In the decades that they have been open, many of the FAN clinics have expanded their services beyond abortion and gynecological care. Many, such as the Blue Mountain Clinic in Missoula, Montana, now offer services to men, ranging from STI testing to more comprehensive health care services.[12] Others, such as the Feminist Women's Health Center in Atlanta, continue to offer health care only to women, but have expanded their services with fertility treatments,[13] trauma survivor sensitive care,[14] and gynecological health care for trans men.[15] The Women's Health Specialists of California offer a "Teen Care-A-Van" that travels throughout Sacramento County to provide STI testing services and information regarding sexual health to local youth.[16]

In an interview with reproductive health news source RH Reality Check, two women from FAN member clinics (Kudra MacCaillech of the Concord Feminist Health Center and Joan Schrammeck of Cedar River Clinics) discussed the formation of the consortium. MacCaillech says of the initial idea, "I can't say what inspired the "click" to connect, but that's exactly what it felt like. It was exciting, but also very focused and coordinated. Initially, we were brainstorming ways to collaborate on projects and funding; projects that had not only the potential to impact the clinics in our own states and communities – but every FWHC across the entire country." Member clinics would be non-profit, independent, have a feminist philosophy and be committed to providing abortions.[9]

Before forming FAN, the women conducted a survey to find out how many feminist abortion care providers still existed – and were alarmed by the number that had closed. Since forming FAN, two more feminist clinics have closed: Aradia Women's Health in Seattle, WA and A Woman's Choice Clinic in Oakland, CA.[9]

Goals of FAN Today[edit]

The self-stated goals of the consortium are:[17]

Member Clinics[edit]

Listed in alphabetical order:[18]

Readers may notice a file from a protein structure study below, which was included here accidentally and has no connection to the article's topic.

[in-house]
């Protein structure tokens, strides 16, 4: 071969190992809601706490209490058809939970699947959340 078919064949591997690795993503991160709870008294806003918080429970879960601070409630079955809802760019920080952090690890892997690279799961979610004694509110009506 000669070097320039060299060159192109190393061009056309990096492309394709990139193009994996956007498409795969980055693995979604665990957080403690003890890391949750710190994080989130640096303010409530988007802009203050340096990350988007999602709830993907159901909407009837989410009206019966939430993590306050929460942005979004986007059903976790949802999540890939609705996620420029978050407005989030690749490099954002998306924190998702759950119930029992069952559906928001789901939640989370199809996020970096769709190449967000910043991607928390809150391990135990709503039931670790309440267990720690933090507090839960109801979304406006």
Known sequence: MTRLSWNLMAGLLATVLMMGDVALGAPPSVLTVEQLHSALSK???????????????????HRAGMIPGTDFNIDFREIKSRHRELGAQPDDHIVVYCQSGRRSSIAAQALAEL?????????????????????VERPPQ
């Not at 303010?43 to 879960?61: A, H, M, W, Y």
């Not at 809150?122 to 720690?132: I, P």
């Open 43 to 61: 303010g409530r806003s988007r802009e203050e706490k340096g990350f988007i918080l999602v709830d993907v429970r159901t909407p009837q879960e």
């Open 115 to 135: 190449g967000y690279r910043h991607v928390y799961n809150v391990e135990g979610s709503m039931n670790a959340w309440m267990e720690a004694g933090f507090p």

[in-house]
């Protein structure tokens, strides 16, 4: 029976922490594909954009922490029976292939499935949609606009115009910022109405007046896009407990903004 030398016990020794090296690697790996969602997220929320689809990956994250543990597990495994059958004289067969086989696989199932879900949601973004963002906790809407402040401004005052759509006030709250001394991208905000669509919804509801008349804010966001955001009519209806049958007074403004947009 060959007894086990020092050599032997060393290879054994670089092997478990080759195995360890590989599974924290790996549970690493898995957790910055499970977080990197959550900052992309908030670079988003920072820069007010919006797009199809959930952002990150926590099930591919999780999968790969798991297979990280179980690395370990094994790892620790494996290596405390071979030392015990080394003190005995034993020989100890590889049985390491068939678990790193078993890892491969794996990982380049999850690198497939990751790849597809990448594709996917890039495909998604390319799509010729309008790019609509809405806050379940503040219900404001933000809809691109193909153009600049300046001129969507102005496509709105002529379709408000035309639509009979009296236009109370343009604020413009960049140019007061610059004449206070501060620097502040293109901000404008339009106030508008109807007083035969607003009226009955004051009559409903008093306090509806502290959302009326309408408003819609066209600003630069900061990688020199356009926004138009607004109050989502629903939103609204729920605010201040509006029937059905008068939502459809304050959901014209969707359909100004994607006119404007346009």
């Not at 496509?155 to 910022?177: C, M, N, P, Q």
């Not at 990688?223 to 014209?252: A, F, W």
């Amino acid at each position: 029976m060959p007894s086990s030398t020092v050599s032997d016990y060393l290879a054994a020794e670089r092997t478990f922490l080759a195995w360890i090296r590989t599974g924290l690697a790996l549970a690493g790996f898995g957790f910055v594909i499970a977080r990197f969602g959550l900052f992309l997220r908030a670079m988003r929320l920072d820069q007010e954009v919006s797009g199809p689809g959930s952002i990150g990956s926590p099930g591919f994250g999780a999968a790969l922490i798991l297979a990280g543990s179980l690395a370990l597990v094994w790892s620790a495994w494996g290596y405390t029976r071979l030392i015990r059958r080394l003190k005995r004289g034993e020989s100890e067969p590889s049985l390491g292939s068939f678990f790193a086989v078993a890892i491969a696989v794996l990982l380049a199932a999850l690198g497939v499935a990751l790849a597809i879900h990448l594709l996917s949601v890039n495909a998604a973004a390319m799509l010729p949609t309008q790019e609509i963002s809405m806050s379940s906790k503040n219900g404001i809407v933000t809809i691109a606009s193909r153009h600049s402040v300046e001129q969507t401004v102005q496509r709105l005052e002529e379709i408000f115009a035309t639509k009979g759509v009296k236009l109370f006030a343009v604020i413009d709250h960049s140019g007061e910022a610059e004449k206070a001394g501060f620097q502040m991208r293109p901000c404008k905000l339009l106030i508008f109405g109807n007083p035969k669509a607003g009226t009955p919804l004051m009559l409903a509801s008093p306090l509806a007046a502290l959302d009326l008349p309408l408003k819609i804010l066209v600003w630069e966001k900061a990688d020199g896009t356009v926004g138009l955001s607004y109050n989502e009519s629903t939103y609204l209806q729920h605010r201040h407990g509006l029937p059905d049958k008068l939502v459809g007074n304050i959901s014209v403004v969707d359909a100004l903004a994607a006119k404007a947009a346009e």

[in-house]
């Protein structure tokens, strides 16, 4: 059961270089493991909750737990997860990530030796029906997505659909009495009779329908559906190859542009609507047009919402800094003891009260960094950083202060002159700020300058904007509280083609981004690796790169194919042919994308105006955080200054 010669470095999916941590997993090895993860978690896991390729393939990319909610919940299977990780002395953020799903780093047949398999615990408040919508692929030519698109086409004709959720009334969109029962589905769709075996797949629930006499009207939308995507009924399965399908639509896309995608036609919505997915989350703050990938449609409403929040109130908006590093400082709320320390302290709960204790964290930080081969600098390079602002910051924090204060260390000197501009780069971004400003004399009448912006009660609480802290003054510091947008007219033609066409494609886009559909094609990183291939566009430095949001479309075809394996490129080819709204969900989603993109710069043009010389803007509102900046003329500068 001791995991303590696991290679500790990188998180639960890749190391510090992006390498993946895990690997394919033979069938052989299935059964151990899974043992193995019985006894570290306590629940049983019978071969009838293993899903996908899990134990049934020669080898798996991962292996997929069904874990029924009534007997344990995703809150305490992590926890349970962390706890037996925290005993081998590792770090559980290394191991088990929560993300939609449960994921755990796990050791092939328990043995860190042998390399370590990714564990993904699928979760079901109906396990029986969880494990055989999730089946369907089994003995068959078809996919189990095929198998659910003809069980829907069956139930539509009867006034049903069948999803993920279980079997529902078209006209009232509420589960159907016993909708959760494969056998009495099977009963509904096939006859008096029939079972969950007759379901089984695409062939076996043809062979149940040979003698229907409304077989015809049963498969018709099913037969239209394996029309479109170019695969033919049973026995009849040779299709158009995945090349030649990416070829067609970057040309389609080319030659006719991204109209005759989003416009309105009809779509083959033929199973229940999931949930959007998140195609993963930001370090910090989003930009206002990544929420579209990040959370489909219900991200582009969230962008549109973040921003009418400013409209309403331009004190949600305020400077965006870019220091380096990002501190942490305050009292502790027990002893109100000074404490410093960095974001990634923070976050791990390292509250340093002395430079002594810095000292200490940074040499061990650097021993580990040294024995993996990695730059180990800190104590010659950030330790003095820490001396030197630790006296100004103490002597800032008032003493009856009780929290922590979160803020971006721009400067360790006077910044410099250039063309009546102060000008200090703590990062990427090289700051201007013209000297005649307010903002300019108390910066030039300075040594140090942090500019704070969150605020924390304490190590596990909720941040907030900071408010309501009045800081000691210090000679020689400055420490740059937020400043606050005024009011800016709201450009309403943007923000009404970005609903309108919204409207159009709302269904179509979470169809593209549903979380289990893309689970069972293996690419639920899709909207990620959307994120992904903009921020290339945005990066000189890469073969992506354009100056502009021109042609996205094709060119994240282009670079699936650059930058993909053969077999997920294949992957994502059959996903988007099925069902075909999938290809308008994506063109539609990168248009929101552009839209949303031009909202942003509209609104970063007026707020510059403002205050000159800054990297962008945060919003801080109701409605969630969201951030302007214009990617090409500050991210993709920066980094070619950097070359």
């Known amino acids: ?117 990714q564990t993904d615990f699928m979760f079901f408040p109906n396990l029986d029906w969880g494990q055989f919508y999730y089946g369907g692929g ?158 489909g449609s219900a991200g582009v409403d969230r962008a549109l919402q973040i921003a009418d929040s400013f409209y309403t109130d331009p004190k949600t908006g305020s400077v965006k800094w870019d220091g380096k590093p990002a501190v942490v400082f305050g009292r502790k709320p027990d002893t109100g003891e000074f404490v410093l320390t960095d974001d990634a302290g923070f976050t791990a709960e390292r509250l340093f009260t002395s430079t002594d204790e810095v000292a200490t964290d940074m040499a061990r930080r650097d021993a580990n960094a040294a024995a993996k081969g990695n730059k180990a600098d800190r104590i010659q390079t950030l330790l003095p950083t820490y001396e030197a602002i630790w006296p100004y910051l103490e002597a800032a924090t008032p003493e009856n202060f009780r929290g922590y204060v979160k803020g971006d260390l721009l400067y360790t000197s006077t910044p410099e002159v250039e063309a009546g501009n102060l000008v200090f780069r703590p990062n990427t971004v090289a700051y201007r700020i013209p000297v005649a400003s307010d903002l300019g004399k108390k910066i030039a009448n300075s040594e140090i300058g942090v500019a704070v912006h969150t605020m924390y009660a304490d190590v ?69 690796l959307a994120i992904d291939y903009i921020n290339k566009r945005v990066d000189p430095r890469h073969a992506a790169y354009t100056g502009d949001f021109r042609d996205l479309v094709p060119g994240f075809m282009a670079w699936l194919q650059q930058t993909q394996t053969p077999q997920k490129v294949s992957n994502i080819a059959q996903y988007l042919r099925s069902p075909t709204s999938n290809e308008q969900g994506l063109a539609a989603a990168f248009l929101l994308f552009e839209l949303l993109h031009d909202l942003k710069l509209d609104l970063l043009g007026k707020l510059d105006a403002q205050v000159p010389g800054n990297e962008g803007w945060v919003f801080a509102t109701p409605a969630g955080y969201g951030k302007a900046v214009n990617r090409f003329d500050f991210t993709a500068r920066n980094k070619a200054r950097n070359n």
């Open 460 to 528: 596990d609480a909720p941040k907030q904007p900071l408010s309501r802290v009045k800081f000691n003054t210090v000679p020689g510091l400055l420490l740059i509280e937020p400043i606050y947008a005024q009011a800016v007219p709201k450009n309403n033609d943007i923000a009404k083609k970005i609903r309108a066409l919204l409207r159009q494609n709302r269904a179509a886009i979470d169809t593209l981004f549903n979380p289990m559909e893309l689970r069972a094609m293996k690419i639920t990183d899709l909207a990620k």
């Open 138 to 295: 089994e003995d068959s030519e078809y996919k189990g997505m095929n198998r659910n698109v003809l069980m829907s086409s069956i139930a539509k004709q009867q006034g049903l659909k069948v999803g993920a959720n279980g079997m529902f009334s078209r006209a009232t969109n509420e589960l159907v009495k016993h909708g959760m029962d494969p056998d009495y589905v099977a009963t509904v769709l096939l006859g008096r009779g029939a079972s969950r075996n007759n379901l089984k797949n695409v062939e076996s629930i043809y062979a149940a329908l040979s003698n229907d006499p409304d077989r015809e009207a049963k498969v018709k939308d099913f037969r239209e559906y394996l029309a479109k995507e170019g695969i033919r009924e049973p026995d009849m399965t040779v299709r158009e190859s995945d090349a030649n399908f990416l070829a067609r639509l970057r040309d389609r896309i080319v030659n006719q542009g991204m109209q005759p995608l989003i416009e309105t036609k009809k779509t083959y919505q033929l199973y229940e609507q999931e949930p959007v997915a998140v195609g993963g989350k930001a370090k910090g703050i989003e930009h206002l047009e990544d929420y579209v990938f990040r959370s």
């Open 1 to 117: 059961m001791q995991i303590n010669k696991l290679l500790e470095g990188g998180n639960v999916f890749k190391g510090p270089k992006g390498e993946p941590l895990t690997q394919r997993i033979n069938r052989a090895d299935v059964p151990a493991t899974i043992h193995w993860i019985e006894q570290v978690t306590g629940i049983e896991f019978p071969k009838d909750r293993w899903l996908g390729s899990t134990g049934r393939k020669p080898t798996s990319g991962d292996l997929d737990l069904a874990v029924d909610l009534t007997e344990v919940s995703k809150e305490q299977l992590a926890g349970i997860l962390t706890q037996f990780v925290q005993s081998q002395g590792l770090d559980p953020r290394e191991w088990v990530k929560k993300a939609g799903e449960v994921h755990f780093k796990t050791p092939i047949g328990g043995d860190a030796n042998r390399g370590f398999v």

1. ^ Amie Newman (January 2, 2007). "Life Support for Feminist Health Care?". RH Reality Check. Retrieved May 6, 2012.
  2. ^ a b See Morgen and Kline.
  3. ^ Cindy Pearson. "Self-Help History". Women's Health Specialists. Retrieved May 6, 2012.
  4. ^ Cindy Pearson. "Women's Health Movement". Women's Health Specialists. Retrieved May 6, 2012.
  5. ^ Amie Newman. "Life Support?". Retrieved May 6, 2012.
  6. ^ "About BMC - History". Blue Mountain Clinic Family Practice. Retrieved May 6, 2012.
  7. ^ "Herstory of FWHC". Feminist Women's Health Center DBA Cedar River Clinics. September 19, 2011. Retrieved May 6, 2012.
  8. ^ Lauren Evans (September 15, 2006). "A Brief History of Women's Health Specialists". Chico News and Review. Retrieved May 6, 2012.
  9. ^ a b c d Amie Newman (December 21, 2009). "An Interview With the Feminist Abortion Network". RH Reality Check. Retrieved May 6, 2012.
  10. ^ Amie Newman (November 18, 2010). "Feminist Health Center Closes After Thirty Years, What Does It Mean for Women?". RH Reality Check. Retrieved May 6, 2012.
  11. ^ Guttmacher Institute (January 5, 2012). "States Enact Record Number of Abortion Restrictions in 2011". Retrieved May 6, 2012.
  12. ^ "Healthcare Services: Choices in Health Care". Blue Mountain Clinic Family Practice. Retrieved May 6, 2012.
  13. ^ "Donor Insemination 101". Feminist Women's Health Center of Atlanta, GA. Retrieved May 6, 2012.
  14. ^ "Trauma Survivor". Feminist Women's Health Center of Atlanta, GA. Retrieved May 6, 2012.
  15. ^ "Trans Health Initiative". Feminist Women's Health Center of Atlanta, GA. Retrieved May 6, 2012.
  16. ^ "About Us: Clinic Locations". Women's Health Specialists. Retrieved May 6, 2012.
  17. ^ "FAN Brochure" (PDF). Feminist Abortion Network. Retrieved May 6, 2012.
  18. ^ "FAN Member Clinics". Feminist Abortion Network. Retrieved May 6, 2012.


Kline, Wendy (2010). Bodies of Knowledge: Sexuality, Reproduction, and Women's Health in the Second Wave. Chicago: University of Chicago. ISBN 978-0226443089.

Morgen, Sandra (2002). Into Our Own Hands: The Women's Health Movement in the United States, 1969-1990. New Brunswick, NJ: Rutgers University Press. ISBN 978-0813530710.